The engineers who designed the services created digital broadcasting systems that would allow the reliable distribution of bits using the same infrastructure of cables and masts (or satellites) that already carried the analogue services to millions of homes.
Part of the design process allowed for more than one television channel to be carried by the digital system using a long-established data-processing technique called "multiplexing", a word that had, by another route, also come to mean a cinema complex where several films are shown at once on different screens.
It was back in 1996 that Parliament decided that the UK should have a six-multiplex service.
The current coverage figures range from around 90 per cent of the UK population for the largest of the multiplexes down to around 70 per cent for the smallest.
Of these six multiplexes, two are wholly reserved for existing broadcasters who are guaranteed places on the multiplexes under the Broadcasting Act 1996. The first will be used by the BBC to transmit existing programmes in digital form and develop new digital services. The second is reserved for Channel 3, Channel 4 and Teletext Ltd whose existing services will be reproduced in digital form, and who can use the additional capacity available for new services. This multiplex will be licensed and regulated by the ITC.
Licences to operate the remaining four were advertised and three have now been awarded to British Digital Broadcasting plc (BDB). The fourth multiplex, the third largest in terms of UK coverage, has been awarded to S4C Digital Networks Ltd (SDN). It will carry the new Channel 5, S4C in Wales, and a certain amount of Gaelic programming during peak hours in Scotland.
The ITC named the "wholly reserved" multiplexes 1 and 2, and the others, by the level of coverage: A, B, C and D.
British Digital Broadcasting plc eventually launched their service as ONdigital on 15th November 1998, re-launched as ITV Digital on 11th July 2001 and went out of business on 1st May 2002.
ITVDigital handed back B, C and Dmultiplex licences to the regulator, who awarded them to the promise of a free-to-air service the BBC and Crown Castle International, a company formed by the privatization of the BBC's transmitternetwork.
When Freeview started on 30th October 2002, the BBC realised that the existing broadcasting "mode" used for the digitalservices was causing problems for some viewers. For this reason, some multiplexes changed from "mode 1" to "mode 2" (see the diagram at the end of the article), which provided a more stable signal, but with the loss of some channel capacity. See Freeview modes - a simplified explanation for a longer discussion about this.
This was not a problem for the BBC with six full-time television channels to fit onto two whole multiplexes. So, multiplexes 1, B, C and D changed to the robust mode, but 2 and A did not.
Ofcom plans PSBs and COMs
During the planning for the digitalswitchover, where the existing analoguechannels are turned off over several years, Ofcom, now the regulator used the names PSB1, PSB2, COM4, PSB3, COM5 and COM6 to refer to the six multiplexes.
The PSB multiplexes have almost total coverage of UK homes - 98.5%, and are broadcast from all television masts in the UK, including 1,036 smaller ones that only carry the PSB services.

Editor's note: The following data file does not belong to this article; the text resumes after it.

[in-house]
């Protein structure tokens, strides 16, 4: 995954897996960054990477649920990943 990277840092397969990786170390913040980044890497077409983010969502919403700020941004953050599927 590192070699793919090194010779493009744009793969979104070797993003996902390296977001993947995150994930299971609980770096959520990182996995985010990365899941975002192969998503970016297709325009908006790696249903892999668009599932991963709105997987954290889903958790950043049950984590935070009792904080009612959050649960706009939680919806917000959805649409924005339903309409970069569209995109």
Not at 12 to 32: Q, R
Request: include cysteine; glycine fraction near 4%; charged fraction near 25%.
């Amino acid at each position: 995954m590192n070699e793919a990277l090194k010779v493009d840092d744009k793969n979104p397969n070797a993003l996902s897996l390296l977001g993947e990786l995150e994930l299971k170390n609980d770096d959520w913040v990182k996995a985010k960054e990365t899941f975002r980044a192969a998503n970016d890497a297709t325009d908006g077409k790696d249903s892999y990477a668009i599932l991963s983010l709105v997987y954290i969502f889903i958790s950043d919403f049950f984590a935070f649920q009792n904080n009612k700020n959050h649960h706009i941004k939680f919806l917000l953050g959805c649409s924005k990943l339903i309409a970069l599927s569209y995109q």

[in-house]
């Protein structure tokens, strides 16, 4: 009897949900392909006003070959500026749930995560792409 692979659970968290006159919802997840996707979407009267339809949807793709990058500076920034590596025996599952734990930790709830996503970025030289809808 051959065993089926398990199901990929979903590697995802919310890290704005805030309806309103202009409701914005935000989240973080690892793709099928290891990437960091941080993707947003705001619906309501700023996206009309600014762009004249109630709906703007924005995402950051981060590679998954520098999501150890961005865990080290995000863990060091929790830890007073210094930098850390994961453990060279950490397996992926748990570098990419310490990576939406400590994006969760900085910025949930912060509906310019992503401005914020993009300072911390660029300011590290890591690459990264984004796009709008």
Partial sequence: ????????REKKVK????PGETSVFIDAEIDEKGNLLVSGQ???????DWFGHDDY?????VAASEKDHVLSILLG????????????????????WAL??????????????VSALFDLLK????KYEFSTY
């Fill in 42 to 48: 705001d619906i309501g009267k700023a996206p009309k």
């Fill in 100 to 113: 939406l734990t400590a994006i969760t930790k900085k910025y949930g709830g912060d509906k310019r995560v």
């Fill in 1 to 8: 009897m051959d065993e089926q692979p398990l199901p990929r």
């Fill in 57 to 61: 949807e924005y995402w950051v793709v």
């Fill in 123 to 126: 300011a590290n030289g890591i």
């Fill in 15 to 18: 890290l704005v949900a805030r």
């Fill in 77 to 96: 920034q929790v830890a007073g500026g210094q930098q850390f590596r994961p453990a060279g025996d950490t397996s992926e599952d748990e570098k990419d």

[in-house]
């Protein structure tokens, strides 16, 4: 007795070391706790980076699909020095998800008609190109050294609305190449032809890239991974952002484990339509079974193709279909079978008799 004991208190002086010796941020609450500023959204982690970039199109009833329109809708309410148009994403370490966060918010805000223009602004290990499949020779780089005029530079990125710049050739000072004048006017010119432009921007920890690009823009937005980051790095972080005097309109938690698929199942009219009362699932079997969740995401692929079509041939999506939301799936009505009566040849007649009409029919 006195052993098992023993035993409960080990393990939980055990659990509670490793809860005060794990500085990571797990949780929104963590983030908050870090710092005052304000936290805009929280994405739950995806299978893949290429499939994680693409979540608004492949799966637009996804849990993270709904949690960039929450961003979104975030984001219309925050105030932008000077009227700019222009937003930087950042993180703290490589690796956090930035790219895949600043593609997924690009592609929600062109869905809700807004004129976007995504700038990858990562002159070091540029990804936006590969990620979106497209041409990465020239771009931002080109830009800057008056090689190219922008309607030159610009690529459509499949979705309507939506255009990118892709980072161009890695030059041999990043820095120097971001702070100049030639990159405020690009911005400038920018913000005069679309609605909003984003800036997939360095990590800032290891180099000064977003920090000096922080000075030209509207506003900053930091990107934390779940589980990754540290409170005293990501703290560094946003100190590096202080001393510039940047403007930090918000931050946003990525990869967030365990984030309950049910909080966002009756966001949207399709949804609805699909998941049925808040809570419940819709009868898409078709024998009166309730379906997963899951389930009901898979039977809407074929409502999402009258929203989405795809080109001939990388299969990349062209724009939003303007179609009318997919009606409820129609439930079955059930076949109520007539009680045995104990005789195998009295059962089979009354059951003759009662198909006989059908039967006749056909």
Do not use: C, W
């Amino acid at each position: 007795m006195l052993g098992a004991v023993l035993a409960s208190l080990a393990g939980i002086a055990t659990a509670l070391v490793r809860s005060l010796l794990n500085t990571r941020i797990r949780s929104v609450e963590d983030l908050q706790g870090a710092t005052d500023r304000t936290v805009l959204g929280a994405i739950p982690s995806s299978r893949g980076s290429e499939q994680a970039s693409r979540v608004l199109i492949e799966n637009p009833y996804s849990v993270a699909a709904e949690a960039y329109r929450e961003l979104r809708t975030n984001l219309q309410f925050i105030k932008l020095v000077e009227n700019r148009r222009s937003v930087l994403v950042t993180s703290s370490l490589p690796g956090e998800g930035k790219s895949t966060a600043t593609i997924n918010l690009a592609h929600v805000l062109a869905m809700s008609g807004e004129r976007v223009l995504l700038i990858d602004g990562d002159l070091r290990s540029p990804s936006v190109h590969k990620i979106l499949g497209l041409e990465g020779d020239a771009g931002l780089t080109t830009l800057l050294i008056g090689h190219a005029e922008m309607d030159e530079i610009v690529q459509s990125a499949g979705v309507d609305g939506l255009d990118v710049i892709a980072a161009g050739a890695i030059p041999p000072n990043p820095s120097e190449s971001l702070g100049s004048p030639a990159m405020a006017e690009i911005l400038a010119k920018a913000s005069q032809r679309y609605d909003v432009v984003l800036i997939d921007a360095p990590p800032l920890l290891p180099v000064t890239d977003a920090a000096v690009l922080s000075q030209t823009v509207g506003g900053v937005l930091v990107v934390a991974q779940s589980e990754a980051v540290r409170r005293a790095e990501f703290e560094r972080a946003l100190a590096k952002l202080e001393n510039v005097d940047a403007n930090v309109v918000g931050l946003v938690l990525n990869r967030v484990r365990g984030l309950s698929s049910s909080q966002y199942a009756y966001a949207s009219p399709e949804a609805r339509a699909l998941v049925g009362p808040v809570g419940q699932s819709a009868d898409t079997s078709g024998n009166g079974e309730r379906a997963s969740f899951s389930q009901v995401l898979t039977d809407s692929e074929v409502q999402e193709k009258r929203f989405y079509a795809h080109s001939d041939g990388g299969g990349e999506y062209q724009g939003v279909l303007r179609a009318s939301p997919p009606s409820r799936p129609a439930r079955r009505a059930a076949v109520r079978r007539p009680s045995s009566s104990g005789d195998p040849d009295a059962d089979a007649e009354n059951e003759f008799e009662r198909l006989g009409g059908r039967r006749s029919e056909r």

COM is an abbreviation of "commercial", referring to the two multiplexes held by Arqiva, the company that owns and operates all of the UK television transmitters, and SDN, a company owned by ITV plc.
The COM multiplexes have coverage of around 90%, and are broadcast from the main 81 transmitters.
Because this planning required that all multiplexes move to "mode 3" the post-switchover multiplexes these new descriptions have been widely used to represent the "final" multiplexes, even though legally they are named 1, 2, A, B, C and D - see Ofcom - Multiplex licensees.
Digital UK now refers to the multiplex by the name of the ower, usually four letters, but sometimes the written in full, so we now have:
Multiplex 1 is also known as PSB1 and also BBCA
BBCA denotes the first BBC multiplex when in "mode 3", with all the services from "mode 2" multiplexes 1 and B. This multiplex has many regional versions to supply BBC regional news on BBC One.
Multiplex 2 is also known as PSB2 and also D3+4
The legal owner is "Digital 3 and 4 Ltd", which is half-owned by the Channel 3 licensee, and half-owned by the channels/channel/C4">Channel 4 Corporation. This multiplex has more than 20 regional versions to supply regional news on ITV 1/STV/UTV, plus advert regions for that station, Channel 4, Channel 5 and the channels 3 and 4 "plus one" services.
Multiplex A is also known as COM4 and also SDN
SDN, originally "S4CDigital Networks" was sold to ITV plc in April 2005 for £134m. The SDN multiplex has two versions, one for Wales, where it carries E4 and one for the rest of the UK.
The above diagram illustrates the capacity of different ONdigital/ITVdigital/Freeview transmissions over the years. The longer the bar, the more bits are transmitted per second. Mode 2 is 16QAM, mode 7 is QSPK, the DVB-T2 modes are 256QAM, the rest 64QAM.
lee: Good news then! although I would have liked the serial number associated with your model of box so that I could tag it as being from a serial number onwards that the update works on, as subtle changes to a devices circuitry always takes place during long batch runs, and with this in many cases being why an update will work on some models but not others even although the model to all intents is the same.